Skip to main content

Is contracting still right for you?

Steven Cheeseman

Steven Cheeseman | Marketing Manager

Friday 21st Feb, 2020

For some, the world of contracting can be a very daunting prospect because working in this way can bring with it challenges and risks, but for many the positives of working in this way far outweigh the negatives.

If you operate as a contractor you are essentially selling your skills and working for a fixed period of time under a contractual basis, usually at an hourly or daily rate. The demand for contractors has continued to grow with many businesses increasingly looking to draw upon the skills of contractors in order to become more flexible and thus remain competitive.

So, if you're still undecided about whether to go permanent or contract, here are a few reasons why becoming a contractor might be the best fit for you.

Greater flexibility

Traditional employment usually dictates a very set way of working as your day-to-day working routine will have little variation and you will be expected to work set hours with little flexibility.

However, when working as a contractor you may have the ability to dictate greater flexibility with your working hours, which is especially beneficial for parents who are trying to juggle work and family life.

You will also find that you move between different industry sectors, allowing you to continuously build your skills set and develop your knowledge from a variety of companies and roles.


Financial benefits

For the most part, the average wage of an umbrella or limited company contractor tends to be higher than that of a permanent employee. This is because when clients look to use a contractor, it is to fulfil a particular business need, generally for a specific project that requires a specific skill set, so they will pay extra to gain access to the necessary flexible resources. If your skill set is particularly niche or highly sought after you will also find that you have greater leverage when negotiating higher pay rates and better conditions.

However, it is not just higher salary expectations, but a contractor's ability to claim expenses that leads to higher take-home pay. This is because when working as an umbrella or limited company contractor you are able to offset allowable business expenses against tax. Also when contractors choose to work through a limited company they can draw some of their funds as a dividend rather than being paid a full salary, so their overall tax burden is reduced.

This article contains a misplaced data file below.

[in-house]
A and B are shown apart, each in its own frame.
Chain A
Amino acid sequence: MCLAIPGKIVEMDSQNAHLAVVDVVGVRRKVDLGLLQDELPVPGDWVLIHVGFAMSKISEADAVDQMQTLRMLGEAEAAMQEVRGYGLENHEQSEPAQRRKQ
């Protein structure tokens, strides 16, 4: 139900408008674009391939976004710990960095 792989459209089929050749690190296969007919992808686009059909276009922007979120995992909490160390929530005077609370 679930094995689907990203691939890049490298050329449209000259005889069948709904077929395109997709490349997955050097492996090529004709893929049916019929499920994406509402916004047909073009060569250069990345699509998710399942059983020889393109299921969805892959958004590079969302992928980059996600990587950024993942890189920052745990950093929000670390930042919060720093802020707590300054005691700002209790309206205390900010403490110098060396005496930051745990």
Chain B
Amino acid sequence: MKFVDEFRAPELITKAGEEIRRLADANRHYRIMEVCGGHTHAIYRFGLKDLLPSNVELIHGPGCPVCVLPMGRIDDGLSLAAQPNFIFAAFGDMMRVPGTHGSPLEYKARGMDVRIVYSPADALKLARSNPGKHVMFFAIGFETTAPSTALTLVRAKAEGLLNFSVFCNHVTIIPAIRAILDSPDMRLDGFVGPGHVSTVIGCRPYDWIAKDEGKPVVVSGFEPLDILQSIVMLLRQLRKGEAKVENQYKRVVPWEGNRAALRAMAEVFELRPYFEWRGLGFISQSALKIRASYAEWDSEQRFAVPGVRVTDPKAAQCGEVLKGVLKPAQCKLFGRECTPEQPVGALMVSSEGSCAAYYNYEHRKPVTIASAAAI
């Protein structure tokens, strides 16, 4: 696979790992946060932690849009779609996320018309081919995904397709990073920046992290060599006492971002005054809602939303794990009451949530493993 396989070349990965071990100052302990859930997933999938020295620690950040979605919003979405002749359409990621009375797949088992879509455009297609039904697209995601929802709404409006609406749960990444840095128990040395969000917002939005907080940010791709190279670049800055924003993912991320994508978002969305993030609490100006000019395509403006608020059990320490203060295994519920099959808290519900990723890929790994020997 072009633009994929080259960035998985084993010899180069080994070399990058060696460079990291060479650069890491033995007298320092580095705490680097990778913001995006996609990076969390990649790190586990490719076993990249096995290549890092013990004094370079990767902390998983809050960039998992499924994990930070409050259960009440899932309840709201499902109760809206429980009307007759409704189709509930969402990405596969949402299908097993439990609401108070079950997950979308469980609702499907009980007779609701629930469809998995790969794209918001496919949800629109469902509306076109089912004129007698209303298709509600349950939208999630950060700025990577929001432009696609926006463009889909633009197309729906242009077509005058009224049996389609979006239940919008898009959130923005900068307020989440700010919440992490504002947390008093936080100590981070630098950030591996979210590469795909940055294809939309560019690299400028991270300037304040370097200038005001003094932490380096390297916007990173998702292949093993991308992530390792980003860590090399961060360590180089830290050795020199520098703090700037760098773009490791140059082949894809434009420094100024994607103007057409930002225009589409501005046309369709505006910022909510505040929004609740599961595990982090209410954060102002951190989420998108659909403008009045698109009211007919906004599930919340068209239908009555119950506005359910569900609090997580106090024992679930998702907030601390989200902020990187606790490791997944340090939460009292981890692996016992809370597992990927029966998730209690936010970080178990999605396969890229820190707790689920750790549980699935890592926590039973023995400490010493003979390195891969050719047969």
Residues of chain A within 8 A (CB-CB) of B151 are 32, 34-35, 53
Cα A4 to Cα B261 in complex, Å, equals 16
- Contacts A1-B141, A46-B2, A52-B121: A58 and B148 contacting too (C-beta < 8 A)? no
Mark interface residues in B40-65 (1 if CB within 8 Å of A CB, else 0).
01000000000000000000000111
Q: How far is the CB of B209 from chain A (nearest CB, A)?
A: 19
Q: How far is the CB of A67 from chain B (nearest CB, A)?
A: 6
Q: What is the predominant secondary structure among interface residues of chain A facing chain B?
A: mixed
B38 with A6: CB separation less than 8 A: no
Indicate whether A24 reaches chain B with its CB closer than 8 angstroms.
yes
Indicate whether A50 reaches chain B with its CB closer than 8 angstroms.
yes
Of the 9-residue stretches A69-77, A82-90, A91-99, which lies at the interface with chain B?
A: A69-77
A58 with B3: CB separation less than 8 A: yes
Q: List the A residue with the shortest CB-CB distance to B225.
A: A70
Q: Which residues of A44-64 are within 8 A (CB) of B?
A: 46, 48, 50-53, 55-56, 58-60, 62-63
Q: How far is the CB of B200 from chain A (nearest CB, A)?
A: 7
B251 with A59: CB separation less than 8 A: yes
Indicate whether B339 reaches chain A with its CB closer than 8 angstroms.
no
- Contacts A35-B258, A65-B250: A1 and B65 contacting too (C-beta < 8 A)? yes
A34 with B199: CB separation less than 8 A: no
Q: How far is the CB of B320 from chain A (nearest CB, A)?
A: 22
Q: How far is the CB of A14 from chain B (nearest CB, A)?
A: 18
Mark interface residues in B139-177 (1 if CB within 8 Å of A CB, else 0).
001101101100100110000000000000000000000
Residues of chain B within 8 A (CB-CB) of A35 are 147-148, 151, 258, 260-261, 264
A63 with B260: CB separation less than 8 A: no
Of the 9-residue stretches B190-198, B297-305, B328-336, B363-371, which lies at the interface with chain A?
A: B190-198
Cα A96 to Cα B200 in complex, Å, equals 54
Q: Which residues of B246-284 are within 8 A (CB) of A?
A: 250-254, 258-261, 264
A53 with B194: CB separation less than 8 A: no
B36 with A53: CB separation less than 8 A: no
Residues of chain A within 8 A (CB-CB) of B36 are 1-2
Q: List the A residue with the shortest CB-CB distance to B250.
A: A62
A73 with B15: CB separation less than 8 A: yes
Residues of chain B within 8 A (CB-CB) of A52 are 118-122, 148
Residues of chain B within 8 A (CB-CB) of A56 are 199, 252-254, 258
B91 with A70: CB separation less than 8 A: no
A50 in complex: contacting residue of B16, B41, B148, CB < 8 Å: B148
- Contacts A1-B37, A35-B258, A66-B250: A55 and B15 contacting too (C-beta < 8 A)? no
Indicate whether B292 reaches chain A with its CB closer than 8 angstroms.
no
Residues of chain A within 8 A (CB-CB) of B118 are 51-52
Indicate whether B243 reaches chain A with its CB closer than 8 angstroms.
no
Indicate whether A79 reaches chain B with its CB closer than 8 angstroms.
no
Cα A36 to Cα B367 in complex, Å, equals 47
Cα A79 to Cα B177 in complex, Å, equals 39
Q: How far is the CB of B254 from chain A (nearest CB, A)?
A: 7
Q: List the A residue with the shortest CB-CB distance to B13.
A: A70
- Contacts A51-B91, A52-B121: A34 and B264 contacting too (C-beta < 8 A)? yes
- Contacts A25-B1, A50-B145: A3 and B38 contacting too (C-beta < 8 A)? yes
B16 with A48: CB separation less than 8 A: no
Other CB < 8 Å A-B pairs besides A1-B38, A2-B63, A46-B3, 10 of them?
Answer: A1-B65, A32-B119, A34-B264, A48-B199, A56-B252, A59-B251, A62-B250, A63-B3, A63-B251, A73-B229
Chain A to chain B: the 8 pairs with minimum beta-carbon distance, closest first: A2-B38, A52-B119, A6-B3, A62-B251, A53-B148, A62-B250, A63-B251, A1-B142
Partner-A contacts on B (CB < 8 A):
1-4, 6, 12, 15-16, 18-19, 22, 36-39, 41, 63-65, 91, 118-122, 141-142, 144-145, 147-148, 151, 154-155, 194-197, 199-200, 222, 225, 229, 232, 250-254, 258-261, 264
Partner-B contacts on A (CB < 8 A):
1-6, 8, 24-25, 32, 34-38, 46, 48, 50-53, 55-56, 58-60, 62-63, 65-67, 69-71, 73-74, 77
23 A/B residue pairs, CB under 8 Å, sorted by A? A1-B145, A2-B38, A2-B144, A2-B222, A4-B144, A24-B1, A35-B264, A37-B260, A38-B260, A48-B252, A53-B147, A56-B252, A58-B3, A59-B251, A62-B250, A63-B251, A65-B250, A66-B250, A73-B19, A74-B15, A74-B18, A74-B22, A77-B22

Greater autonomy

As a contractor you will have the ability to dictate when, where and how you work, leaving you free from the usual constraints you might experience as a permanent employee. With this control comes greater motivation as you will find yourself doing roles you actually enjoy.


Greater career prospects

Unlike traditional employment, as a contractor, you are not tied to a single company or industry. This invites a lot of opportunity to network and build professional relationships.

The variety of roles and companies you will take on builds a greater diversity of skills and work related experience, further enhancing your CV and potential work prospects.

  • You are still entitled to a lot of the benefits experienced by permanent employees
  • You may think that when moving to contract work you lose the statutory benefits that are enjoyed by permanent employees, however this isn't the case for umbrella company contractors. When working in this way, because you become an employee of the umbrella company, you are still entitled to statutory benefits such as sick pay and maternity pay, alongside auto enrolment into the work place pension scheme.
  • Avoidance of office politics

Most permanent employees, whether they want to or not, find themselves becoming embroiled in office bureaucracy and politics. For many this can become very demoralising.

As a contractor you are, for the most part, able to avoid this. You are judged entirely upon your skills and work output. Your focus is to complete the task you have been brought in to do and not to worry about becoming emotionally involved.

Of course, there are other factors to consider when entering the world of contracting. The uncertainty of always having work lined up means that as an individual you have to be in position to occasionally take risks. However with its higher pay rates, greater flexibility, increased autonomy, and the chance to gain new experiences and in turn achieve greater work fulfilment, becoming a limited or umbrella company contractor has never looked so attractive.

Make an enquiry.

By completing and sending this form you agree to receive a telephone call from a member of our New Business Team. You also agree that we may reach out to you via email and in some instances via postal communication regarding your initial enquiry. From time to time we’d also love to send you exclusive offers and useful PayStream info by email and other electronic means, if you’d like to hear from us please check this box. We’ll always treat your personal data with the utmost care and we would never sell your data to other companies for marketing purposes.

Related article - How to spot a dodgy umbrella company

There are lots of umbrella companies out there, all promising different levels of take-home pay and different levels of service, so who do you believe and who do you choose? Here are some tips and general advice for how to spot the hero’s from the villains.

What are the warning signs?
Back to the Top